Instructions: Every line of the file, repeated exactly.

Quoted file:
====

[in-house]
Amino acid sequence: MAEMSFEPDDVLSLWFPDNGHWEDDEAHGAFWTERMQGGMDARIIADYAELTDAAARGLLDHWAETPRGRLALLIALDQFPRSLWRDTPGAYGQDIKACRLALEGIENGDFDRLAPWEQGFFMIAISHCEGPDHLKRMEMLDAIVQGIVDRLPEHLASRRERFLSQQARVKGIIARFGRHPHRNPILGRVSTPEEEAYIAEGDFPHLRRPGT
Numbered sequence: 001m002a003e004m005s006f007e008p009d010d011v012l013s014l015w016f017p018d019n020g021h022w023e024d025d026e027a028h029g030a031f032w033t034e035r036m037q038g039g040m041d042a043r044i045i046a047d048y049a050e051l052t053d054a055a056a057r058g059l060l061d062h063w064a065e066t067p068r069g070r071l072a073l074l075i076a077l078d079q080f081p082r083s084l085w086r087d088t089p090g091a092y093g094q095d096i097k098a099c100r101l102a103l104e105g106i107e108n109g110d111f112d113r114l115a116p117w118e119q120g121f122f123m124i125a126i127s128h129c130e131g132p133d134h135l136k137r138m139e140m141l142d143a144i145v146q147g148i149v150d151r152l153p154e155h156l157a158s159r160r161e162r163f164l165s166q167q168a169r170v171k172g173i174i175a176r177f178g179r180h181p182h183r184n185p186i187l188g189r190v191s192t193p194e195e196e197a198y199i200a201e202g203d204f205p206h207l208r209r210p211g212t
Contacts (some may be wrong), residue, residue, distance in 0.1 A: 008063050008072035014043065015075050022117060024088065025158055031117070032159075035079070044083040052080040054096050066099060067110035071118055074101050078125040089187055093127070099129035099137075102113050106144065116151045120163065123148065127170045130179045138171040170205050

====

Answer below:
[in-house]
Amino acid sequence: MAEMSFEPDDVLSLWFPDNGHWEDDEAHGAFWTERMQGGMDARIIADYAELTDAAARGLLDHWAETPRGRLALLIALDQFPRSLWRDTPGAYGQDIKACRLALEGIENGDFDRLAPWEQGFFMIAISHCEGPDHLKRMEMLDAIVQGIVDRLPEHLASRRERFLSQQARVKGIIARFGRHPHRNPILGRVSTPEEEAYIAEGDFPHLRRPGT
Numbered sequence: 001m002a003e004m005s006f007e008p009d010d011v012l013s014l015w016f017p018d019n020g021h022w023e024d025d026e027a028h029g030a031f032w033t034e035r036m037q038g039g040m041d042a043r044i045i046a047d048y049a050e051l052t053d054a055a056a057r058g059l060l061d062h063w064a065e066t067p068r069g070r071l072a073l074l075i076a077l078d079q080f081p082r083s084l085w086r087d088t089p090g091a092y093g094q095d096i097k098a099c100r101l102a103l104e105g106i107e108n109g110d111f112d113r114l115a116p117w118e119q120g121f122f123m124i125a126i127s128h129c130e131g132p133d134h135l136k137r138m139e140m141l142d143a144i145v146q147g148i149v150d151r152l153p154e155h156l157a158s159r160r161e162r163f164l165s166q167q168a169r170v171k172g173i174i175a176r177f178g179r180h181p182h183r184n185p186i187l188g189r190v191s192t193p194e195e196e197a198y199i200a201e202g203d204f205p206h207l208r209r210p211g212t
Contacts (some may be wrong), residue, residue, distance in 0.1 A: 008063050008072035014043065015075050022117060024088065025158055031117070032159075035079070044083040052080040054096050066099060067110035071118055074101050078125040089187055093127070099129035099137075102113050106144065116151045120163065123148065127170045130179045138171040170205050